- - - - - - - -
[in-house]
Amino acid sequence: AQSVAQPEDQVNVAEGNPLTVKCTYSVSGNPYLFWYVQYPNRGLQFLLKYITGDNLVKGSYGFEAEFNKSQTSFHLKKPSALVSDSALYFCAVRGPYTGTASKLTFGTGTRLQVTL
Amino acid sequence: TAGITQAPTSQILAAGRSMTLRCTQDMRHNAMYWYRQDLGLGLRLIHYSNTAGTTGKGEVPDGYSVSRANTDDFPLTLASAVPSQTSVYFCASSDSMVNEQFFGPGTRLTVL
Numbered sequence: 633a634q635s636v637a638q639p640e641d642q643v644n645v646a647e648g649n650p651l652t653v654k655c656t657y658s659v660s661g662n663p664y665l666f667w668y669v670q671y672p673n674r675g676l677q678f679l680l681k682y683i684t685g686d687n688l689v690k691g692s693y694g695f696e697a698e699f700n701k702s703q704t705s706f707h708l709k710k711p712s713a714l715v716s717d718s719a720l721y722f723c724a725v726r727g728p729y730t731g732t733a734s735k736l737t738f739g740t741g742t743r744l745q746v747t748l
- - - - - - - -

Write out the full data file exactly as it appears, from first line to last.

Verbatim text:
[in-house]
Amino acid sequence: AQSVAQPEDQVNVAEGNPLTVKCTYSVSGNPYLFWYVQYPNRGLQFLLKYITGDNLVKGSYGFEAEFNKSQTSFHLKKPSALVSDSALYFCAVRGPYTGTASKLTFGTGTRLQVTL
Amino acid sequence: TAGITQAPTSQILAAGRSMTLRCTQDMRHNAMYWYRQDLGLGLRLIHYSNTAGTTGKGEVPDGYSVSRANTDDFPLTLASAVPSQTSVYFCASSDSMVNEQFFGPGTRLTVL
Numbered sequence: 633a634q635s636v637a638q639p640e641d642q643v644n645v646a647e648g649n650p651l652t653v654k655c656t657y658s659v660s661g662n663p664y665l666f667w668y669v670q671y672p673n674r675g676l677q678f679l680l681k682y683i684t685g686d687n688l689v690k691g692s693y694g695f696e697a698e699f700n701k702s703q704t705s706f707h708l709k710k711p712s713a714l715v716s717d718s719a720l721y722f723c724a725v726r727g728p729y730t731g732t733a734s735k736l737t738f739g740t741g742t743r744l745q746v747t748l